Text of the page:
Steve Byrne is founder of EquiSource and has been in commercial real estate investment, management, and finance for nearly 40 years.
Whether you’re a professional real estate investor or just getting your start in real estate investing, distressed properties offer a profitable opportunity in today’s market.
Seasoned investors might recall that 45% of all home sales at the end of 2008 involved distressed properties. Although distressed sales have declined over the years, many expect this market to make a comeback in 2021. One such expert is Charles Koch, who leads Koch Industries Inc. According to the Wall Street Journal, Koch Real Estate Investments, the company’s Dallas-based arm, has already started scooping up large-scale distressed listings often ignored by private equity firms.
As someone who has been in commercial real estate investing for years, I believe any investor can find opportunities in the distressed property market. You just need to understand how it works.
What is ‘distressed property’?
Distressed property refers to homes either under foreclosure, pre-foreclosure or control of the lender/bank. A property becomes “distressed” when the owner falls behind on their mortgage payments and/or property tax bills. Real estate might also become “distressed” during liquidation as part of a bankruptcy or divorce.
Distressed property usually falls into three categories:
• Foreclosure or pre-foreclosure: The homeowner falls behind on monthly mortgage payments, and the lender repossesses the property. Lenders often sell the property at auction as-is to the highest bidder.
• Real estate-owned property: If the lender cannot sell the foreclosed home at auction, the bank seizes control of the property and sells at a reduced rate on the market.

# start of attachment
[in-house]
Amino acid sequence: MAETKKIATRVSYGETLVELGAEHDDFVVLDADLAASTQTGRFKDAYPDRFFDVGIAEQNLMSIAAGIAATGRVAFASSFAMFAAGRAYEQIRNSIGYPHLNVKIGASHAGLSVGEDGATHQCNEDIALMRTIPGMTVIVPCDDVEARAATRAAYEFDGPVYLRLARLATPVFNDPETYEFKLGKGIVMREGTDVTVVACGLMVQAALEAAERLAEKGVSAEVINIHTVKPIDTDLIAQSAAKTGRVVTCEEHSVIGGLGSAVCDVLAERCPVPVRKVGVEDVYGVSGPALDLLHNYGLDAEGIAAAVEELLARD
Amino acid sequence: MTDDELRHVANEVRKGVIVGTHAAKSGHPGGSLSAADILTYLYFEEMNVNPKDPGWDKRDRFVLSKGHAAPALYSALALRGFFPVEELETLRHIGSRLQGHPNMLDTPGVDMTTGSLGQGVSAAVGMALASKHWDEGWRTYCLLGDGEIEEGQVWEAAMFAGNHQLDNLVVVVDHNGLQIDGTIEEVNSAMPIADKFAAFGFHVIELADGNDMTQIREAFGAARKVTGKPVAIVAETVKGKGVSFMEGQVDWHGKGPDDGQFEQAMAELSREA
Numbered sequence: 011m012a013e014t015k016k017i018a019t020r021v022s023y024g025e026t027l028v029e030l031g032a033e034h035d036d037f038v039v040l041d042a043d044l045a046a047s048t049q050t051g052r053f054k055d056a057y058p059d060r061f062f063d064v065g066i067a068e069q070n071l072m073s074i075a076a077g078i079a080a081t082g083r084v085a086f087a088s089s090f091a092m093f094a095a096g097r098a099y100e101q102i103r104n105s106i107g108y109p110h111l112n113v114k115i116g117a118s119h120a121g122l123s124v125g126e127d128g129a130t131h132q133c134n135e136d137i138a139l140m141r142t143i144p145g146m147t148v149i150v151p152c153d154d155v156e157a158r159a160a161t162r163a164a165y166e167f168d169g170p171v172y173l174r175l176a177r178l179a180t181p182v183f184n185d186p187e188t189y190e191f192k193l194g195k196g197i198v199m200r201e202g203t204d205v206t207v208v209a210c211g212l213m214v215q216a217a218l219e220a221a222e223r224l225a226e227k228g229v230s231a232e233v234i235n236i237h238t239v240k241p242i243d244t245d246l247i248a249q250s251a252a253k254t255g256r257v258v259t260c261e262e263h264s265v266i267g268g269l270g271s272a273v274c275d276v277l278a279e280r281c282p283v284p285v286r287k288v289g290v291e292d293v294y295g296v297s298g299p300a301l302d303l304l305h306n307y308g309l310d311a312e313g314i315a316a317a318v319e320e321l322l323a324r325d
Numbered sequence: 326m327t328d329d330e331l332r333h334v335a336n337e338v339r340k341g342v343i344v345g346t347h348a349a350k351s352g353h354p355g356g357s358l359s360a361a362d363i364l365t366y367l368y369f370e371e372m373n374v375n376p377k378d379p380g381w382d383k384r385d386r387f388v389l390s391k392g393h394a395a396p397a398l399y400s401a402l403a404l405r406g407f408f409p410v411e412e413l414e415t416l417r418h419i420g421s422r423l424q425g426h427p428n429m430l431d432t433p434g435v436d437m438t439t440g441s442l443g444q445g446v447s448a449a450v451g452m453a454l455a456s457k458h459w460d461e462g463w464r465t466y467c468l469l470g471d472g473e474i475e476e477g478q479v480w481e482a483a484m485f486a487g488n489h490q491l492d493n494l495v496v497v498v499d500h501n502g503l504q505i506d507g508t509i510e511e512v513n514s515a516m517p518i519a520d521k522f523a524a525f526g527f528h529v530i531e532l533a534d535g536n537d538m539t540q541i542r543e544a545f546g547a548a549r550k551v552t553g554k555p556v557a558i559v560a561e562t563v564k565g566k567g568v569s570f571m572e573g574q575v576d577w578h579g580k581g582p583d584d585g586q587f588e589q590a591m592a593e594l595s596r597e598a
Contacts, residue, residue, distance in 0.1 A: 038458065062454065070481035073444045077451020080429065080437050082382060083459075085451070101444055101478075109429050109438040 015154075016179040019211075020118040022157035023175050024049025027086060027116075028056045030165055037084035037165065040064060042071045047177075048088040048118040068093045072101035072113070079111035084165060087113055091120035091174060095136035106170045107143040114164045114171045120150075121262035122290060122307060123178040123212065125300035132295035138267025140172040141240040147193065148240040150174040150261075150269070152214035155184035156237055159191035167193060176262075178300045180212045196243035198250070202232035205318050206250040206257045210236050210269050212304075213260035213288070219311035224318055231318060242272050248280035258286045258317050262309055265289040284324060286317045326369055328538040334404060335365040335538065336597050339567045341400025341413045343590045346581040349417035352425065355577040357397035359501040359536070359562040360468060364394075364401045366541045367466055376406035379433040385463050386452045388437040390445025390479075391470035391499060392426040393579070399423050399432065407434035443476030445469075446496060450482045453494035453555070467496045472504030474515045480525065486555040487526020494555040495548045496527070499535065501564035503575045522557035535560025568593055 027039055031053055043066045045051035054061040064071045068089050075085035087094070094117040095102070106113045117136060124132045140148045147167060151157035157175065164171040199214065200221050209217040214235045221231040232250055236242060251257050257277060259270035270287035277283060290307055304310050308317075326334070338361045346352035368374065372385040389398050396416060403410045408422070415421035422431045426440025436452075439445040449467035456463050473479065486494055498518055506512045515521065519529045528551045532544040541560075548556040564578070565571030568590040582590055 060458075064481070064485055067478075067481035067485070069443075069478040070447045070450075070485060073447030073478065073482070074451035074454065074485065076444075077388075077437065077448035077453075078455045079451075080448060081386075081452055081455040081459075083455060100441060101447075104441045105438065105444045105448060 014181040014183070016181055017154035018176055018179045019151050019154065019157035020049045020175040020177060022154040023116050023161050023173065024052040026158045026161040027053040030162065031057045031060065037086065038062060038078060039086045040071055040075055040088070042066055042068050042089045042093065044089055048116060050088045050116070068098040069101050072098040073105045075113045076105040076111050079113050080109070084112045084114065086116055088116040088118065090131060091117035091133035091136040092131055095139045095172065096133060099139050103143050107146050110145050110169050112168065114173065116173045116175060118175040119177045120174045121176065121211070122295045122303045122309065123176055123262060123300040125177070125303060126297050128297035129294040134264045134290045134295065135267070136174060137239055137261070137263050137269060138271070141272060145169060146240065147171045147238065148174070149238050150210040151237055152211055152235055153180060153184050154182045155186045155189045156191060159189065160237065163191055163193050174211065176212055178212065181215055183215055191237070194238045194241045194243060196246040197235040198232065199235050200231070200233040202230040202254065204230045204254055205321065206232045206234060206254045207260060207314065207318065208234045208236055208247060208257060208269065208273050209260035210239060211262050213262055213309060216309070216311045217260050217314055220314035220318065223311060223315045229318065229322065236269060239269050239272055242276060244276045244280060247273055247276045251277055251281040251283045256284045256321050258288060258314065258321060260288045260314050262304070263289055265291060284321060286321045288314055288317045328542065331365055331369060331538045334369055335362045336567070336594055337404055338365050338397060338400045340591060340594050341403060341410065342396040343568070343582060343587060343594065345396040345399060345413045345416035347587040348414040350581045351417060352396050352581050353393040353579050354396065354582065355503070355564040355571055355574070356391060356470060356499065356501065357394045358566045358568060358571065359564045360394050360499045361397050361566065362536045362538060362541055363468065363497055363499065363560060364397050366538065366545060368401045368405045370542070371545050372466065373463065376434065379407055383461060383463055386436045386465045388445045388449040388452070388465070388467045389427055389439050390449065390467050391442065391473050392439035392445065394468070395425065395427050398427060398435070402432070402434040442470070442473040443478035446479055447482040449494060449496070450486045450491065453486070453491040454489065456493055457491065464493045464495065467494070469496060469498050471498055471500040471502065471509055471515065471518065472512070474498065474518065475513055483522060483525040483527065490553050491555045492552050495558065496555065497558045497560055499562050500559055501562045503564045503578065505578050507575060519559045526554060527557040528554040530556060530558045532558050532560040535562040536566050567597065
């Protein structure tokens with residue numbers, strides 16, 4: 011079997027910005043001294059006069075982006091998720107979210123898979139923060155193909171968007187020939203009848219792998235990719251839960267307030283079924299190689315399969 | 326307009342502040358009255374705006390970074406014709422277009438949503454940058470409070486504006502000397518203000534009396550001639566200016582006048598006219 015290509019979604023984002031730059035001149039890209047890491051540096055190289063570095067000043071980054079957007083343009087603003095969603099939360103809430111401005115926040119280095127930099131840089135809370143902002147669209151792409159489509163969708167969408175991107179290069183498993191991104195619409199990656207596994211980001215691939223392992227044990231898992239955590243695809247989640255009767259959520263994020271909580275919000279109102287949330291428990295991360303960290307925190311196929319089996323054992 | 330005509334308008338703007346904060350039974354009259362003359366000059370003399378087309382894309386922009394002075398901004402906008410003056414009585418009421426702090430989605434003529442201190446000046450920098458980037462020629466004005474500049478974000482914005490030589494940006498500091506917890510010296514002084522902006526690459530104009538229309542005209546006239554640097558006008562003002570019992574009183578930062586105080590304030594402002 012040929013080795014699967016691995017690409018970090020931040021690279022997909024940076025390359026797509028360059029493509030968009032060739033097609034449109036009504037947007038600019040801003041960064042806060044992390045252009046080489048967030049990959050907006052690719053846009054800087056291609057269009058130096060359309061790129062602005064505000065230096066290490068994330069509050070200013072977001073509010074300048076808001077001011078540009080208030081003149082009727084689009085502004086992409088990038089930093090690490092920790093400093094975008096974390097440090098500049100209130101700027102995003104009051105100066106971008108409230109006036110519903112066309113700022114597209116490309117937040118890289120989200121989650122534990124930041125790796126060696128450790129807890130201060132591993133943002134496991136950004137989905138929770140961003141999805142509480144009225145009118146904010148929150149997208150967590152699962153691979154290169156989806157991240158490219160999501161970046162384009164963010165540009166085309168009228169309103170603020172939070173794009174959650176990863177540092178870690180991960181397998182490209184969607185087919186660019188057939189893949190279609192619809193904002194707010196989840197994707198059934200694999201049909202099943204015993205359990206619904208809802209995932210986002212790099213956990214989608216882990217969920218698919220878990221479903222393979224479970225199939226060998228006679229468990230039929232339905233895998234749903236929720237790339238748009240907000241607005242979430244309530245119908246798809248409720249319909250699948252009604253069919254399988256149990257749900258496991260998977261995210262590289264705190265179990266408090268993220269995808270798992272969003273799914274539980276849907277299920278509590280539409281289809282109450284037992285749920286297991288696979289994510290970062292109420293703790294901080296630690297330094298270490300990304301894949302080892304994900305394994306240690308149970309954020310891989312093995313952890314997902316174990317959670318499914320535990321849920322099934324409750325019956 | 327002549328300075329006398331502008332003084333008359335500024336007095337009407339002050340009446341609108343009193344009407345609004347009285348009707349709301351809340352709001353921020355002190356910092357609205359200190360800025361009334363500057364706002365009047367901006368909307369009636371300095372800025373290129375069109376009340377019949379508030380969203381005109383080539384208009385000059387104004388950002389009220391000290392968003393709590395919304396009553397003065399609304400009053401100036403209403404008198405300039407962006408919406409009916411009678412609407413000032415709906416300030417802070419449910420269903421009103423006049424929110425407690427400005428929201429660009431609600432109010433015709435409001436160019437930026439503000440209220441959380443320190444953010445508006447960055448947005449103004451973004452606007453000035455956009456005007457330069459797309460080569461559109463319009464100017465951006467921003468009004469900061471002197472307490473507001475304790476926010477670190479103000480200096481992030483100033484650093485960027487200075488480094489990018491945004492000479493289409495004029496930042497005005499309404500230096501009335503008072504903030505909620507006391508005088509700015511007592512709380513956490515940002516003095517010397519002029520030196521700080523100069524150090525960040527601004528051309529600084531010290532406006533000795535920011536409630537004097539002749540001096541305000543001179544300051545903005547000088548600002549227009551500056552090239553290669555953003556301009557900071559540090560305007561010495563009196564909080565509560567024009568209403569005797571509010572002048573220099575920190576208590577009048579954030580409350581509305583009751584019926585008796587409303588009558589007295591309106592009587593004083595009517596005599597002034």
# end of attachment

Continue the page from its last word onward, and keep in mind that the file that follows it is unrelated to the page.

• Short sales: If a homeowner owes more on the mortgage than what the home is worth, the mortgage becomes “underwater.” The lender might agree to a short sale at a reduced rate so the bank can recoup some of the cost.
Should you buy a distressed property?
Distressed real estate can be attractive because it allows both investors and general buyers to purchase property often far below market rate.
As you can imagine, this strategy can be quite lucrative in areas with high home prices; you can buy a distressed home at a reduced rate and sell at a much higher price. In my experience, banks will even sometimes offer lower mortgage payments and interest payments on distressed listings, as they’re often happy just to have someone take the property off their hands.
On the downside, a distressed property can sell quickly, so expect plenty of competition. At the moment, home inventory is low, and properties usually don’t stay on the market long. However, I believe that could change over the next few months.
Also, note that since distressed properties sell as-is, you’re on the hook for any and all repairs, upkeep and improvements if you want to profit. For example, buying a distressed home at auction could mean you’re responsible for evicting occupants as well as covering tax liens and other related costs.
How do you find distressed property listings?